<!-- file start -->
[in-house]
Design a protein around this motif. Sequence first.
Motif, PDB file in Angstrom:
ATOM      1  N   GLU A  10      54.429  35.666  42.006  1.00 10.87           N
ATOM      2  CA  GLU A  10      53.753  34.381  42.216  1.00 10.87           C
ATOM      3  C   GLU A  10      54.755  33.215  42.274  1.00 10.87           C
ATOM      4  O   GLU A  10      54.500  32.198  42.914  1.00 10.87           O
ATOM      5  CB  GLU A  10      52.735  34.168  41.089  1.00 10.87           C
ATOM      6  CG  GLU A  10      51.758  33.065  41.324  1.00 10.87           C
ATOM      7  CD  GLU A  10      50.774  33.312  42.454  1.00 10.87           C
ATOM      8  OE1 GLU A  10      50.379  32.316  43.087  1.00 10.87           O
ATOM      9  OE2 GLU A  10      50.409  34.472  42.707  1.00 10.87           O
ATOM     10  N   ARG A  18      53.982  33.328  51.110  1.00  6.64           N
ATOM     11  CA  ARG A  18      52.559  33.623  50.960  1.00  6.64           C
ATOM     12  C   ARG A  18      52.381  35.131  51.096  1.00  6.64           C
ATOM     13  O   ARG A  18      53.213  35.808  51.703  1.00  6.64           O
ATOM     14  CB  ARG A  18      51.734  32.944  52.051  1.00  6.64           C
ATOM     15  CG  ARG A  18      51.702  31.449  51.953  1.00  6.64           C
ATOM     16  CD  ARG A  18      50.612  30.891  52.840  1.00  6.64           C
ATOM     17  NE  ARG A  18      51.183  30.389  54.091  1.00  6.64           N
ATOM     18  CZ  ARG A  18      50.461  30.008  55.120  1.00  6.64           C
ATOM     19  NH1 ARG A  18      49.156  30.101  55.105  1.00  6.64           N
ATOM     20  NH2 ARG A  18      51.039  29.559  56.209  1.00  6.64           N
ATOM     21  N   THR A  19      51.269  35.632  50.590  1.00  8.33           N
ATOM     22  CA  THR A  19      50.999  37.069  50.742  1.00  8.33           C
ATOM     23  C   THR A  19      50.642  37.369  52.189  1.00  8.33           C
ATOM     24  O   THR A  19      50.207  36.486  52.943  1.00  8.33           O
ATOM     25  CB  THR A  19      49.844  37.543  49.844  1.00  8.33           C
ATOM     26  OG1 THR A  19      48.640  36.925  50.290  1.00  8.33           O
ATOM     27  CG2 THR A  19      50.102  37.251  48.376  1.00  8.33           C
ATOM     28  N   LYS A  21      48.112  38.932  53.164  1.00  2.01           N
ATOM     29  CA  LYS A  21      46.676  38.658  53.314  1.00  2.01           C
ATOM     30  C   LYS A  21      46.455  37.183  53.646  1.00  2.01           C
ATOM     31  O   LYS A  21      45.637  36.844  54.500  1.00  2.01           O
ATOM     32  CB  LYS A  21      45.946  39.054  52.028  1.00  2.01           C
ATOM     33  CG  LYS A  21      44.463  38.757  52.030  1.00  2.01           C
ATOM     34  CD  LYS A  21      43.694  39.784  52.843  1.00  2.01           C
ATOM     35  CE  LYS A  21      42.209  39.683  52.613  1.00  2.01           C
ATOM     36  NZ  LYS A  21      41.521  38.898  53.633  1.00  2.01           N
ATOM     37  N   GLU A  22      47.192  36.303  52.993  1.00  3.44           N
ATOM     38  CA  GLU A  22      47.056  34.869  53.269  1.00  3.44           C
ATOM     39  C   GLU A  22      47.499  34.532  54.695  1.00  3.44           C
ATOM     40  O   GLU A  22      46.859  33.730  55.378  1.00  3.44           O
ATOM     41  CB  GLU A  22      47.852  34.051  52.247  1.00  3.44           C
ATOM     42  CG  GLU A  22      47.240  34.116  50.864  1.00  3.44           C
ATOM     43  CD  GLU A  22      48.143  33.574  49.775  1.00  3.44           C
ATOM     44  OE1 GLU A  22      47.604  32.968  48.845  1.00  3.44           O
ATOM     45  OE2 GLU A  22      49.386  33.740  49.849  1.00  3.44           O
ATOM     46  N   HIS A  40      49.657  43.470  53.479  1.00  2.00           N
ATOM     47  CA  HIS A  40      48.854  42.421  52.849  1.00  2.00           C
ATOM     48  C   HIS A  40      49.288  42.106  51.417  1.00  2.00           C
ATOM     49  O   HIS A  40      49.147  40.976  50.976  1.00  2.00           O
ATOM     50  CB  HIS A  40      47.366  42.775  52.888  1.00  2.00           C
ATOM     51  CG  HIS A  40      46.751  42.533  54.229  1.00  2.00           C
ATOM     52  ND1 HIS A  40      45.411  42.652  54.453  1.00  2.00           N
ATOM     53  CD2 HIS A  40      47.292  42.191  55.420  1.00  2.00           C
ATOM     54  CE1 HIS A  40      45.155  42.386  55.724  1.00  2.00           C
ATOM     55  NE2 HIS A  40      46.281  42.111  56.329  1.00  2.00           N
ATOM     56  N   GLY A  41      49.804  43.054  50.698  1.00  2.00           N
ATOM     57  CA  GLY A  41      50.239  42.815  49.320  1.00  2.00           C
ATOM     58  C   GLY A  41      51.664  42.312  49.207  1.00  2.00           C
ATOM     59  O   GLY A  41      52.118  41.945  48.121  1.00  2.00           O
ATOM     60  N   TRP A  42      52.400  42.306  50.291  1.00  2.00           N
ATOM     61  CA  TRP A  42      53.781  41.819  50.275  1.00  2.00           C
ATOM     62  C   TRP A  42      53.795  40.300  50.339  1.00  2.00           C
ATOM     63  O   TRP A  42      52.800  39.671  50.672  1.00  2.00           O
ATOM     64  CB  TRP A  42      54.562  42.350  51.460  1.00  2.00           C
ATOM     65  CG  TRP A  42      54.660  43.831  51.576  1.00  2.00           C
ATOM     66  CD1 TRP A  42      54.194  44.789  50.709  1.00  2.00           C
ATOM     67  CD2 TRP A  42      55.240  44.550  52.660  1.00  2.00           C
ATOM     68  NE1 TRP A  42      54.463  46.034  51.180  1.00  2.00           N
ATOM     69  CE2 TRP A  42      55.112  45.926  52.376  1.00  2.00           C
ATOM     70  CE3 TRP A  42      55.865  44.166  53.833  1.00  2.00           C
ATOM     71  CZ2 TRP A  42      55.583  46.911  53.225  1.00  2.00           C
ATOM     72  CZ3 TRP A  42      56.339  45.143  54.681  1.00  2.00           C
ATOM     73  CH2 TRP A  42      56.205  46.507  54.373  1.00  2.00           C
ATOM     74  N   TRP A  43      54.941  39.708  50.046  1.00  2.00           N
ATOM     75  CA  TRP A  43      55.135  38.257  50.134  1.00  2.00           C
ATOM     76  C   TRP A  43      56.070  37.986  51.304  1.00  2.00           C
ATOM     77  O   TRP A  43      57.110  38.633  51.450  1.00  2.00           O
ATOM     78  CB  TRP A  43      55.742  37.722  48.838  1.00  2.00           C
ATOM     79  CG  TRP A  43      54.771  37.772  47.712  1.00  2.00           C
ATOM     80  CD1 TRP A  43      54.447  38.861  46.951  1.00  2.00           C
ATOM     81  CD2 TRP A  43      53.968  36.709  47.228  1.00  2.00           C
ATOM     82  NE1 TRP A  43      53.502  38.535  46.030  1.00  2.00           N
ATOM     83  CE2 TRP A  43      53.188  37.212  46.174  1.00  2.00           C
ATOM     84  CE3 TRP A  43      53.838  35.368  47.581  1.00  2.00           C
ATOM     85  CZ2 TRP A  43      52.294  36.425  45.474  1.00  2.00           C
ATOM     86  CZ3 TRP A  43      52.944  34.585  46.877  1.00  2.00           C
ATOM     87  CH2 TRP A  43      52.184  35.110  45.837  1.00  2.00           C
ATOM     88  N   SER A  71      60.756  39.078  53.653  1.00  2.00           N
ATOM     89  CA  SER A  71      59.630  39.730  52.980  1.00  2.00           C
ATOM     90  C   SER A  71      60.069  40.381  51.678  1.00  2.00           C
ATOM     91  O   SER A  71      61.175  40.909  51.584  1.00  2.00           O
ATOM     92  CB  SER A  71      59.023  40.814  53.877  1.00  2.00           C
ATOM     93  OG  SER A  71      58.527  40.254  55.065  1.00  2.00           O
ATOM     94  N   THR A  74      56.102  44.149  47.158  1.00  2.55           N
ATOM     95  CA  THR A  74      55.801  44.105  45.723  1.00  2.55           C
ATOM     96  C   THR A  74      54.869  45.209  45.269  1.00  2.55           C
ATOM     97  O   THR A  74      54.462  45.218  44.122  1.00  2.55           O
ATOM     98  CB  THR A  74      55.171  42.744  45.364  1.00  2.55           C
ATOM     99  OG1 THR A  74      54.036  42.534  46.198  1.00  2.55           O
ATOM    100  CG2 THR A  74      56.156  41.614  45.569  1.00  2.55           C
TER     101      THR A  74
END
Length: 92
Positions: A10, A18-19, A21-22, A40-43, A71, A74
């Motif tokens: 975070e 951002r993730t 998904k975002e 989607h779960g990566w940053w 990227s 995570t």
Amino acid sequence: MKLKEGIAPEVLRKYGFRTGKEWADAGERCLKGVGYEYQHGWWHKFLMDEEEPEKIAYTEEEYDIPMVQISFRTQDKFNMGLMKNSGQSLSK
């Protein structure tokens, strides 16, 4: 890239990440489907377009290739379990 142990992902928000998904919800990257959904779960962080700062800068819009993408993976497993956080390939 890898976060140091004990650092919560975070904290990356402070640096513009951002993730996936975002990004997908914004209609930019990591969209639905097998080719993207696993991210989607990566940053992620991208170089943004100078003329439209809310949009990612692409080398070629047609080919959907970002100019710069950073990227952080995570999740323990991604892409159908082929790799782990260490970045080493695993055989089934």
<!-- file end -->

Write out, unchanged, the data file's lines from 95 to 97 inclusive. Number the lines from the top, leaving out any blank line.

ATOM     92  CB  SER A  71      59.023  40.814  53.877  1.00  2.00           C
ATOM     93  OG  SER A  71      58.527  40.254  55.065  1.00  2.00           O
ATOM     94  N   THR A  74      56.102  44.149  47.158  1.00  2.55           N